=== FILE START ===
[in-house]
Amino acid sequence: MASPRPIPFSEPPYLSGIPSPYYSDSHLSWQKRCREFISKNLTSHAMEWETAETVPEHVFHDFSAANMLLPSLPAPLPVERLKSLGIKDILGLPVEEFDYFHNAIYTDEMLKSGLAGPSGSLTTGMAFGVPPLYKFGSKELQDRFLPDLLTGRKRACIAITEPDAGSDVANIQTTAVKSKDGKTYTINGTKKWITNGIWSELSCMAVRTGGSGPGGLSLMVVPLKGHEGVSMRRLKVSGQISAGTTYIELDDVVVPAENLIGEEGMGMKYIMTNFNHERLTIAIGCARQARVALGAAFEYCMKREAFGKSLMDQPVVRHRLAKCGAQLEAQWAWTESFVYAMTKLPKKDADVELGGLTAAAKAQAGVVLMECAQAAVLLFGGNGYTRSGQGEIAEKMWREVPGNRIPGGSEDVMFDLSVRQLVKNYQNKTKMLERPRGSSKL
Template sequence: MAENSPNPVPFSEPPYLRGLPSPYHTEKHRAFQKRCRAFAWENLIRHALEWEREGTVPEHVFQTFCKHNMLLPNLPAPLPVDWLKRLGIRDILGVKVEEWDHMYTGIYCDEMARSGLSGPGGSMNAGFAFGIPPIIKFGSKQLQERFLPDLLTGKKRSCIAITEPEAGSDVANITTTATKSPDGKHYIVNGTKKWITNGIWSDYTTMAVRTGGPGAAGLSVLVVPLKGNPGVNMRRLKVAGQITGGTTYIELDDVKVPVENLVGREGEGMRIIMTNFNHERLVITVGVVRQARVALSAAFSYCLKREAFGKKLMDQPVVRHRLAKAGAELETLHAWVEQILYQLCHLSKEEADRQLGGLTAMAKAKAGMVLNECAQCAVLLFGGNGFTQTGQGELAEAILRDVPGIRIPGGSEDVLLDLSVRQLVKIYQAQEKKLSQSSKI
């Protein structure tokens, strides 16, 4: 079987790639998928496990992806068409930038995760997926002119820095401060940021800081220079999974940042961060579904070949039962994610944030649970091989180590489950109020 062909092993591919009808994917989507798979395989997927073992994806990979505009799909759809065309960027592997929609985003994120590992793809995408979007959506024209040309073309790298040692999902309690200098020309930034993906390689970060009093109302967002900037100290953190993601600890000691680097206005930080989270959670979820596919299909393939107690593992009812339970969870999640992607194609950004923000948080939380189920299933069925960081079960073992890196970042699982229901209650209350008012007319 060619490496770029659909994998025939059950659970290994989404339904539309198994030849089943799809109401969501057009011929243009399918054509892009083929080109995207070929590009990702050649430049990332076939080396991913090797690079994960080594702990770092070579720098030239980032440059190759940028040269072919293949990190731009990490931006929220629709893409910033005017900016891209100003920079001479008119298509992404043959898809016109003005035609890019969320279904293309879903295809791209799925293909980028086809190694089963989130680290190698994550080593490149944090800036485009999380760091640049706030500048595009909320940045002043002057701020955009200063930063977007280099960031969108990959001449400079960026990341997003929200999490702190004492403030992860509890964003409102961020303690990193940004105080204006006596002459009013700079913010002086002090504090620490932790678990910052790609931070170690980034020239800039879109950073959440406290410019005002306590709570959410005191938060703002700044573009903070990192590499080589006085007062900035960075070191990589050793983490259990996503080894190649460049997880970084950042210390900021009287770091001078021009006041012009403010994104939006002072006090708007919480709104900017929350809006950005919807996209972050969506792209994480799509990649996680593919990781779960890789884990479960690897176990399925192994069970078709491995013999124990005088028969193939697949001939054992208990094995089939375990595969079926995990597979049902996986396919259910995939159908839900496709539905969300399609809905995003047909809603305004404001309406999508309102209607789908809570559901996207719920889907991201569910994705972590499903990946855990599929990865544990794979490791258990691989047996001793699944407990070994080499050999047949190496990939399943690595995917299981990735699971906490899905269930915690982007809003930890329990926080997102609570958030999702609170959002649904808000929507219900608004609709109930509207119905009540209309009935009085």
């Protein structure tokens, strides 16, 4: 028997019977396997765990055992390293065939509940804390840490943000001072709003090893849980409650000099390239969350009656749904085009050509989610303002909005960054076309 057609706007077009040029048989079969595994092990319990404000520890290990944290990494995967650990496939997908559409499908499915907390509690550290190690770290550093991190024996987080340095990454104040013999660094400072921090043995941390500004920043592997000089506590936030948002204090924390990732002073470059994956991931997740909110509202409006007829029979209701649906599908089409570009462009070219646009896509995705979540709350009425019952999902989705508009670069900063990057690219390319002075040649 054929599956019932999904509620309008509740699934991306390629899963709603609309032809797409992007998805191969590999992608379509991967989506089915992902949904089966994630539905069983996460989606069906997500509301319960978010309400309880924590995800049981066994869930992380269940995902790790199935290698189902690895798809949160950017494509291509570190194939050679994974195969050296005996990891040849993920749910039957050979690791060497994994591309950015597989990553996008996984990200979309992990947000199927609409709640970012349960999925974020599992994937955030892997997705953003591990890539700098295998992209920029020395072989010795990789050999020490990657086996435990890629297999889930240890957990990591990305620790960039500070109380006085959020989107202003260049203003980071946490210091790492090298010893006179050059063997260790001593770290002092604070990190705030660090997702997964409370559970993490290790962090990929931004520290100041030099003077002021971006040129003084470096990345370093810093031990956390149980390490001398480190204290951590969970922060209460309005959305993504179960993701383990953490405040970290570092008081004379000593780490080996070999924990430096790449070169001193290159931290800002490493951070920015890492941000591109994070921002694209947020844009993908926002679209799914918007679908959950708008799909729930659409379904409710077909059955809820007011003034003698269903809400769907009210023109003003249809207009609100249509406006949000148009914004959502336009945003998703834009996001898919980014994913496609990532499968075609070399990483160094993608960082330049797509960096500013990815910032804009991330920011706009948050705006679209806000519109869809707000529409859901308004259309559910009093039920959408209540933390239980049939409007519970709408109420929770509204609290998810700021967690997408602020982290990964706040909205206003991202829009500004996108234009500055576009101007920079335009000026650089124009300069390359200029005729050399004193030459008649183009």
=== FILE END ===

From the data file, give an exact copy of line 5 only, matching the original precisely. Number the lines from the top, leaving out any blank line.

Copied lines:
């Protein structure tokens, strides 16, 4: 028997019977396997765990055992390293065939509940804390840490943000001072709003090893849980409650000099390239969350009656749904085009050509989610303002909005960054076309 057609706007077009040029048989079969595994092990319990404000520890290990944290990494995967650990496939997908559409499908499915907390509690550290190690770290550093991190024996987080340095990454104040013999660094400072921090043995941390500004920043592997000089506590936030948002204090924390990732002073470059994956991931997740909110509202409006007829029979209701649906599908089409570009462009070219646009896509995705979540709350009425019952999902989705508009670069900063990057690219390319002075040649 054929599956019932999904509620309008509740699934991306390629899963709603609309032809797409992007998805191969590999992608379509991967989506089915992902949904089966994630539905069983996460989606069906997500509301319960978010309400309880924590995800049981066994869930992380269940995902790790199935290698189902690895798809949160950017494509291509570190194939050679994974195969050296005996990891040849993920749910039957050979690791060497994994591309950015597989990553996008996984990200979309992990947000199927609409709640970012349960999925974020599992994937955030892997997705953003591990890539700098295998992209920029020395072989010795990789050999020490990657086996435990890629297999889930240890957990990591990305620790960039500070109380006085959020989107202003260049203003980071946490210091790492090298010893006179050059063997260790001593770290002092604070990190705030660090997702997964409370559970993490290790962090990929931004520290100041030099003077002021971006040129003084470096990345370093810093031990956390149980390490001398480190204290951590969970922060209460309005959305993504179960993701383990953490405040970290570092008081004379000593780490080996070999924990430096790449070169001193290159931290800002490493951070920015890492941000591109994070921002694209947020844009993908926002679209799914918007679908959950708008799909729930659409379904409710077909059955809820007011003034003698269903809400769907009210023109003003249809207009609100249509406006949000148009914004959502336009945003998703834009996001898919980014994913496609990532499968075609070399990483160094993608960082330049797509960096500013990815910032804009991330920011706009948050705006679209806000519109869809707000529409859901308004259309559910009093039920959408209540933390239980049939409007519970709408109420929770509204609290998810700021967690997408602020982290990964706040909205206003991202829009500004996108234009500055576009101007920079335009000026650089124009300069390359200029005729050399004193030459008649183009």